Sometimes I lose my life, only to find her again in a bar, in a conversation, in a completed task, or in a run through the park. She's mine because she has a will, energy, and direction. When she walks in the sand she leaves footprints and they're often crooked, stepping to a jazz that she listens to on her own. The rest of the time I leave scarcely a toe print-jutting off the edge of the communal impression where my shapen foot doesn't quite jive with yours and yours and yours. Its our path I suppose, but we possess it soulessly, without contemplation, with a murky purpose. And all the while phantom ways dance inside my head, leaving vanishing toe prints on my play dough brain and I feel them as something that could be, that could have been. But nothing more. The impulses fade before I can shift even a little toe. To translate a potential into action, imagi
ne the neural pathways that must be run. So we walk, trod, plod, as indicated, aware of a settling unease and oblivious, just oblivious to a source, an escape, to ourselves marching to no end. And then I feel a peck on the neck or forearm and warmth spreads down my spine, into my soles and into my soul. A peck from full lips, anxious and loving, reincarnated upon meeting my molting skin. She's my life. Today I found her in the restaurants and bars of quito, as I shuddered and extended an arm and bent in a demi-plie, listening to myself dancing on my brain. And she grabbed me tight in a sprawling waltz as a stranger laid his life before my eyes. Because I saw how much deeper my feet sink with her and how good the sand feels between my toes and how much happier the course. So me and my life, I think we might shine for a while now. I think we might laugh loudly, and I think we might hope not to get lost again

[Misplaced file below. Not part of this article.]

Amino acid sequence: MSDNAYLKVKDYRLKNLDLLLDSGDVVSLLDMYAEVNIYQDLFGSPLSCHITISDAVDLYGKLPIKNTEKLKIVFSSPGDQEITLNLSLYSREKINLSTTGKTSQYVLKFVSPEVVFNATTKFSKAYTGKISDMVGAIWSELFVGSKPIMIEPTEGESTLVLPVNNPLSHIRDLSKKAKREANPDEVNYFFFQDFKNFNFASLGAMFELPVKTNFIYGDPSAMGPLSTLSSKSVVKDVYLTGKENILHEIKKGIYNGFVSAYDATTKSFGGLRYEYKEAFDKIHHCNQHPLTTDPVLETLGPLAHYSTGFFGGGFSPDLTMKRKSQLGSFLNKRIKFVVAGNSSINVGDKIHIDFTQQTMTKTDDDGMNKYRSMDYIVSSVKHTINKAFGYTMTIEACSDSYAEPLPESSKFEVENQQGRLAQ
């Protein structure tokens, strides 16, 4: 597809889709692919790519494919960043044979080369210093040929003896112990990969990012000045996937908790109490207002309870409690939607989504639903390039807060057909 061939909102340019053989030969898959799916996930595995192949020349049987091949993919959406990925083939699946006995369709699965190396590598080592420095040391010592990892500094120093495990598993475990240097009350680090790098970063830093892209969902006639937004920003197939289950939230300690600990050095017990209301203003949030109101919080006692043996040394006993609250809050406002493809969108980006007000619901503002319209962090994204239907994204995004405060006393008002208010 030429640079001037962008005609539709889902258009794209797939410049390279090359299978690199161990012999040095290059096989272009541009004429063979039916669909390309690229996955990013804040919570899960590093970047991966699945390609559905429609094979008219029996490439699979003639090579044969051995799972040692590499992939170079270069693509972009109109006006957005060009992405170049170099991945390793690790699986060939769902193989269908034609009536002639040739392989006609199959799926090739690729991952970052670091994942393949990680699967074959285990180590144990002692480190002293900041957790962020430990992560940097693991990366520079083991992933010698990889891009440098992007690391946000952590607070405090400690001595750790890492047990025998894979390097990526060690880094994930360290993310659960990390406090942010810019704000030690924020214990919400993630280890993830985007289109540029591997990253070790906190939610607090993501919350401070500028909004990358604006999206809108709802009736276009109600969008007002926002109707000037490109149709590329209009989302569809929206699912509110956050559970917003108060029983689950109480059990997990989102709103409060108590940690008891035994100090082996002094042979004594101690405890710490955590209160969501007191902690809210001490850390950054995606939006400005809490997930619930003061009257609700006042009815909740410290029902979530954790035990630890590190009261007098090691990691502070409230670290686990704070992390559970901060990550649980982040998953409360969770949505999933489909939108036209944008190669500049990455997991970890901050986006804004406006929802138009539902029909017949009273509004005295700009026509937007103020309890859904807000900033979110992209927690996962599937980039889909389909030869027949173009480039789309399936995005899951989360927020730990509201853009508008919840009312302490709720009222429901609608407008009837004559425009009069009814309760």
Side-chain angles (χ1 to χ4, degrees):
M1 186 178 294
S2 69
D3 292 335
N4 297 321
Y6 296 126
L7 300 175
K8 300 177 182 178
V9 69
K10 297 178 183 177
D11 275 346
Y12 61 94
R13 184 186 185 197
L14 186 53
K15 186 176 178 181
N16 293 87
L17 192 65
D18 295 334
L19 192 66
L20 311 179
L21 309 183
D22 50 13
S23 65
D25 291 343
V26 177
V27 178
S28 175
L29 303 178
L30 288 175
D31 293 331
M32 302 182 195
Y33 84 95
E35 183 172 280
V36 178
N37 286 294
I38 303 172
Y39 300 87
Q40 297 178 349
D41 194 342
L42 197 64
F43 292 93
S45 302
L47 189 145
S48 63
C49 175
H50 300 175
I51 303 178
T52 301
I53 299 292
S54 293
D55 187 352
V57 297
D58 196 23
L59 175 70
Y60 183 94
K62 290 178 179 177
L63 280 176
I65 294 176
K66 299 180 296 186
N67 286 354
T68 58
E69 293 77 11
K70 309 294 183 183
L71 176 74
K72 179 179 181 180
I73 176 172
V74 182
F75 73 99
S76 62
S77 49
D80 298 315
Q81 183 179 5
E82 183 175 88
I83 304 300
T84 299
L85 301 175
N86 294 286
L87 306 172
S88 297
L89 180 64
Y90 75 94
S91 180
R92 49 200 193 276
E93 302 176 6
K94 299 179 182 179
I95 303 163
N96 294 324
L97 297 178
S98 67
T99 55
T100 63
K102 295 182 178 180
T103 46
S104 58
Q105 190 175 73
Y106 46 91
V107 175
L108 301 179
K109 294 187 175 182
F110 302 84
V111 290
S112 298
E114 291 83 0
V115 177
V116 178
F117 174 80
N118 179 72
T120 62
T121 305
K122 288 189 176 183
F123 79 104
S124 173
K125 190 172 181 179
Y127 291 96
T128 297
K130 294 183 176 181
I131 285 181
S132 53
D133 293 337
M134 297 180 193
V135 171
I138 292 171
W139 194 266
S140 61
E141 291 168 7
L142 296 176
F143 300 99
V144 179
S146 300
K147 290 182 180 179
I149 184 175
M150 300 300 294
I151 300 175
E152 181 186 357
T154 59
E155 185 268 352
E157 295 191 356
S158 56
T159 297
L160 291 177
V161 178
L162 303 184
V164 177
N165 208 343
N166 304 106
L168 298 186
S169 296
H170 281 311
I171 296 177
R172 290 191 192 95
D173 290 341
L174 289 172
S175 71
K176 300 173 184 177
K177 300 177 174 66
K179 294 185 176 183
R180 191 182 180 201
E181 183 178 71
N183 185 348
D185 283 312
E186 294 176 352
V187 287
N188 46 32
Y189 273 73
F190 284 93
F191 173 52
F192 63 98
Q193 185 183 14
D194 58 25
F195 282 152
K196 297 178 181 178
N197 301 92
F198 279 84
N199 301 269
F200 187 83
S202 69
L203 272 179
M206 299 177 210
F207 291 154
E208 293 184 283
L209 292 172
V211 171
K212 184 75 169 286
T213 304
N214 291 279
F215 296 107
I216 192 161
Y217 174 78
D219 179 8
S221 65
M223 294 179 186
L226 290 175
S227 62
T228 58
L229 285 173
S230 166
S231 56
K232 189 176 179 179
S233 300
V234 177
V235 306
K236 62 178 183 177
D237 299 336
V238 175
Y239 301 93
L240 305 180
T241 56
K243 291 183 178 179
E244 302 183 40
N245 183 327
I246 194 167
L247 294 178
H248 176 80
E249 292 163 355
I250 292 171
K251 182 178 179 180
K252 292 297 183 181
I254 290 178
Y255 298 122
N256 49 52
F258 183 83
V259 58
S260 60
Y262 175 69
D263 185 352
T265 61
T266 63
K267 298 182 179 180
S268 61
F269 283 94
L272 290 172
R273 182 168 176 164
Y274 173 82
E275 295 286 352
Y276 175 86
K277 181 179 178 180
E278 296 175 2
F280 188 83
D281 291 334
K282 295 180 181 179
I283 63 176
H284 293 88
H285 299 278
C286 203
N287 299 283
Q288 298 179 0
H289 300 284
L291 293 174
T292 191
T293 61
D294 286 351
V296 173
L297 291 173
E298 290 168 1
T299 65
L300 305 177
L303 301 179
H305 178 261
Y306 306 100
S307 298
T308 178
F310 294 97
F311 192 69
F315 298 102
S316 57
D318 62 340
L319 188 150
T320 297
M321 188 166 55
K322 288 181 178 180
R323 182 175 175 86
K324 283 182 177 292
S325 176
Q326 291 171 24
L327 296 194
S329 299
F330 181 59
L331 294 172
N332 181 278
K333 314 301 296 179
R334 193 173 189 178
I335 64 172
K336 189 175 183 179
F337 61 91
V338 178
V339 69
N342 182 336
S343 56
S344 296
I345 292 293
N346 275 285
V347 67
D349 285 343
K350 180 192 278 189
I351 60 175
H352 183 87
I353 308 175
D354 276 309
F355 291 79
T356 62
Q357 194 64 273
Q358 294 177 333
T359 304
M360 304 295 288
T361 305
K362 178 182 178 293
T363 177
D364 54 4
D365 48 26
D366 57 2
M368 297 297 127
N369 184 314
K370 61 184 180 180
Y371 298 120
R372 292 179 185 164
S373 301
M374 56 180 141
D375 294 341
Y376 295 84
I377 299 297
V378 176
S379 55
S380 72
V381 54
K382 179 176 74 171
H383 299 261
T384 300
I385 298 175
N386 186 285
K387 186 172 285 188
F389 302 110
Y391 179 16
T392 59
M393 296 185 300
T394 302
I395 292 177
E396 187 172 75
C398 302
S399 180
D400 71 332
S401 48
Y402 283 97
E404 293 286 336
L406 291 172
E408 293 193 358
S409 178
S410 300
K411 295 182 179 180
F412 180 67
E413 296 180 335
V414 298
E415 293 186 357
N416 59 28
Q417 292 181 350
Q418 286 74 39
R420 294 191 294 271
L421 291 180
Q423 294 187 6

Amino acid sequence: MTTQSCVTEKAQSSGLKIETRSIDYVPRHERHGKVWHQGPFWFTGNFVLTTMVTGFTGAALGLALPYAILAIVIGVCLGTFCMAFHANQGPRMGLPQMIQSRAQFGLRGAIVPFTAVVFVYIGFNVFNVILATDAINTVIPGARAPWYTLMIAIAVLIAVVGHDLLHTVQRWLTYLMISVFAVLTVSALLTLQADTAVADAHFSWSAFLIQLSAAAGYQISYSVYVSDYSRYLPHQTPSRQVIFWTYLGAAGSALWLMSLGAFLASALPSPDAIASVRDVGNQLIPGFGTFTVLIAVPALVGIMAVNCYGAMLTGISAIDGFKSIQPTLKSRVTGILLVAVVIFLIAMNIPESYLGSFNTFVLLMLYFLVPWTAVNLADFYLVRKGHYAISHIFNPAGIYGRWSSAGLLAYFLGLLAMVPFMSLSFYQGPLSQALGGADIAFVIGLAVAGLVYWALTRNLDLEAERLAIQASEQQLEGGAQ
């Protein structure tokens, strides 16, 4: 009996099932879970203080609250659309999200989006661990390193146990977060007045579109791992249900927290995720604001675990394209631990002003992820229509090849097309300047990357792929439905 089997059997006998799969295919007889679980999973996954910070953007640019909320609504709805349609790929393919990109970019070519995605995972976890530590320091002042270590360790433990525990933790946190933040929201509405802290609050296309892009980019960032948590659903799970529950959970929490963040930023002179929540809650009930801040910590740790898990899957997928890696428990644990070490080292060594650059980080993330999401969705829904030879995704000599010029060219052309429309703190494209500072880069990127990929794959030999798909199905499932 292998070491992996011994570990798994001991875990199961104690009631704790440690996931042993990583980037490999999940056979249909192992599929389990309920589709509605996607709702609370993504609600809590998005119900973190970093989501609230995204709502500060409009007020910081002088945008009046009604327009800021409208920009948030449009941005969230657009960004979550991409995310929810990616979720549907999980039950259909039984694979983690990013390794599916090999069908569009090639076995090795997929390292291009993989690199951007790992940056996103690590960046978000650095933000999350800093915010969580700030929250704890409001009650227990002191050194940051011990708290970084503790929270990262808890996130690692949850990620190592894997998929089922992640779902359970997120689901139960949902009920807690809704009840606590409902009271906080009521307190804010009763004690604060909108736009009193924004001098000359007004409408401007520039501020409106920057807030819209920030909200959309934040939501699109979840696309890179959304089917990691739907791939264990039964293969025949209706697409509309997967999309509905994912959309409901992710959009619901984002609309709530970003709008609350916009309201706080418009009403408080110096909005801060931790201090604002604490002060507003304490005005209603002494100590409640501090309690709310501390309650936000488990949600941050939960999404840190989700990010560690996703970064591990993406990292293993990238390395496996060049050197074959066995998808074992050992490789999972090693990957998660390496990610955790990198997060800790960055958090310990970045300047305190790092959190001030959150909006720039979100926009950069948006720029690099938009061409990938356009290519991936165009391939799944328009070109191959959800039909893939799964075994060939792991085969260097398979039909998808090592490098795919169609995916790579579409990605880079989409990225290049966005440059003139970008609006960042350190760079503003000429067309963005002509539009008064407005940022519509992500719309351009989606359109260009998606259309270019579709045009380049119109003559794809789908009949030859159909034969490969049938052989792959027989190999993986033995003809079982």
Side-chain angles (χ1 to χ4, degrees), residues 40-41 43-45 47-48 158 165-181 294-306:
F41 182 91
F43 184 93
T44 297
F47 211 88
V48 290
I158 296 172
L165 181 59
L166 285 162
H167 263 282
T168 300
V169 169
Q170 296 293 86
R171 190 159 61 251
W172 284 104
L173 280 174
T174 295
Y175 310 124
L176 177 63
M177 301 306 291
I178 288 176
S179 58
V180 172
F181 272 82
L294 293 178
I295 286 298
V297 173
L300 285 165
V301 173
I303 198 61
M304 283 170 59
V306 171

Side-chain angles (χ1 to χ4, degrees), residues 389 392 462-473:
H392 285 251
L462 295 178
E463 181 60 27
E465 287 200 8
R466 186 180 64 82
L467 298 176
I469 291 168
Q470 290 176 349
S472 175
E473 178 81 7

lunes, 13 de febrero de 2012

That's where the light enters you.

Don't turn your head.

Keep looking

at the bandaged place.

That's where

the Light enters you.

And don't believe for a moment

that you're healing yourself.

-Rumi

I sit at the table eating quinoa and greens and I think of a friend who said to justify development, something like, poverty always goes down when the United States goes into a country. And another friend who wrote, while in a village in Guatemala on the edge of a volcano, maybe we are missing the point when we exert so much energy into the preservation of life, rather then the spirit of life.